So apparently they are now claiming, without any evidence that I have seen, that this  “Gülenist super editor’’ is preventing them from writing things in Wikipedia. It all sounds highly unbelievable to me.

And what of this “proper editorial structure’’ that Sayan wants Wikipedia to establish? First of all, Wikipedia is just a website, the Wikimedia Foundation is the charity that supports the website, but is not responsible for editing it, so even if there was a Wikimedia office in Turkey, the people in that office would have no authority over the content of the site. 

Having worked in the Wikimedia community, I can say that there’s a very good reason why the 'User Group' of Wikipedia editors in Turkey does not set up an office and request funding from the Wikimedia Foundation in San Francisco: because over the last 10 years, the Turkish government has repeatedly interfered in the work of charities that receive foreign funding, and setting up an office would put at risk those people who work there.

The bizarre article continues, saying that “Wikipedia, which takes a stand against Turkey, praises terrorist organizations, especially FETÖ. The terrorist organization FETÖ is reflected in Wikipedia as the ‘Gülen movement’.” 

The English Wikipedia article on this subject states that “The Gülen movement (Turkish: Gülen hareketi), referred to as Hizmet (Service) or Cemaat (Community) by its participants and as FETÖ (Fethullahist Terrorist Organisation or more commonly Fethullah Terrorist Organisation) (Turkish: Fethullahçı Terör Örgütü), by the Government of Turkey after 2015.”

So basically the author is complaining that Turkey cannot unilaterally change the name of this page from “Gülen movement’’ to “FETÖ Terrorist Organisation.’’ I would tell Türkiye newspaper, Sayan or anybody else who is annoyed that Wikipedia doesn’t say exactly what they think it should say, exactly what I would tell anybody else. If you disagree with something on a page, go to the Talk Page of the article and start a discussion and argue your case about what should be changed.

“This article needs to be updated to provide more accurate and reliable information,” Sayan told Türkiye. Ok, well you do it then. I know this may be hard for you to understand, Dr. Sayan, but there’s no dictator of Wikipedia, who tells everybody what to do. It’s up to you to argue your case based on Wikipedia’s rules, and seek consensus from other editors in a democratic fashion. You remember democracy, don’t you?

When I worked at Wikimedia U.K., there were all kinds of people who were annoyed at Wikipedia because it failed to say exactly what they wanted it to. There was a middle aged radio DJ, who was annoyed that Wikipedia made his date of birth and age so easy to search for online. There were the Indian nationalists, who were angry that Wikipedia’s page for the K2 mountain said the mountain was in  “Pakistani controlled Kashmir,’’ because they believe that all of Kashmir should be part of India, and that Wikipedia should reflect their aspirational nationalist desires, rather than reality. Nationalists in particular are likely to get angry at a neutral depiction of the facts.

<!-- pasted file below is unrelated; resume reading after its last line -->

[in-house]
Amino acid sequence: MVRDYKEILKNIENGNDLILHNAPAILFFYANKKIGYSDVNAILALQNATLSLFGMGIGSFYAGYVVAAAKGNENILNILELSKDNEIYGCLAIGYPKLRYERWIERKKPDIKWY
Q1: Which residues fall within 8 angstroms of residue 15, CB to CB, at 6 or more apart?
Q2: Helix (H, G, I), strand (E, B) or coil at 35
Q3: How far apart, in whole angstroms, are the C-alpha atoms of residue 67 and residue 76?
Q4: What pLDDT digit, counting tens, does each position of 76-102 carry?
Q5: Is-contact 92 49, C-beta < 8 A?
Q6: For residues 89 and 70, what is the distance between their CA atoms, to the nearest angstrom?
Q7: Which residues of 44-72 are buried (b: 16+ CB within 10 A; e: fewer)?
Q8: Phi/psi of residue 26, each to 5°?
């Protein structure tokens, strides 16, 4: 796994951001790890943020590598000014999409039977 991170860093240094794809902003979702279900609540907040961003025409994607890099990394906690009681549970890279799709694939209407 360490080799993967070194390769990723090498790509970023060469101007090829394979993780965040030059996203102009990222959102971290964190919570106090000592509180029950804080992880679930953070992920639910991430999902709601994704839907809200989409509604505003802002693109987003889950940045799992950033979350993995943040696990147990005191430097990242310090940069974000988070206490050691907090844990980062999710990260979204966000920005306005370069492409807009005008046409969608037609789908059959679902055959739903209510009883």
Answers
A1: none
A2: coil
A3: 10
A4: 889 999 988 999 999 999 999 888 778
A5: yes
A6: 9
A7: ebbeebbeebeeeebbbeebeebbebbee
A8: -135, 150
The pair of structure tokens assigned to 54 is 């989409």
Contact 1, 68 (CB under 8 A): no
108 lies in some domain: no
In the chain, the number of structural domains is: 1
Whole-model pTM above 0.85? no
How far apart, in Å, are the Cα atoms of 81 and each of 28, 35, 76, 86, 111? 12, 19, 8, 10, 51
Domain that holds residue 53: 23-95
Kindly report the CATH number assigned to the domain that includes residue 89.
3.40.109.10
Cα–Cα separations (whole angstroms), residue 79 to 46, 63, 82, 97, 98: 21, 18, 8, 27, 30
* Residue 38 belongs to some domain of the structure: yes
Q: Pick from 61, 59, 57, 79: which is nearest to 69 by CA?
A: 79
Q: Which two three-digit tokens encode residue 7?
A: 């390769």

Wikipedia’s core rules are contained in a page called the Five Pillars of Wikipedia. Like Islam, we also have a set of rules that editors should abide by. The first rule is ‘Wikipedia is an encyclopaedia’, but “Wikipedia is not a soapbox, an advertising platform, a vanity press, an experiment in anarchy or democracy, an indiscriminate collection of information, or a web directory.”

The problem that the Turkish government has with Wikipedia is that it cannot control what is written there. The AKP is used to controlling the Turkish news media landscape, with 90 percent of Turkish news publications having some connection to the state. The Turkish government can try to block Wikipedia again, but that will simply land them with another case at the European Court of Human Rights.

What Turkish government supporters should do is to learn Wikipedia’s rules and engage in good faith editing, like everybody else does, and accept that in life, you cannot control everyone and everything.

The opinions expressed in this column are those of the author and do not necessarily reflect those of Ahval.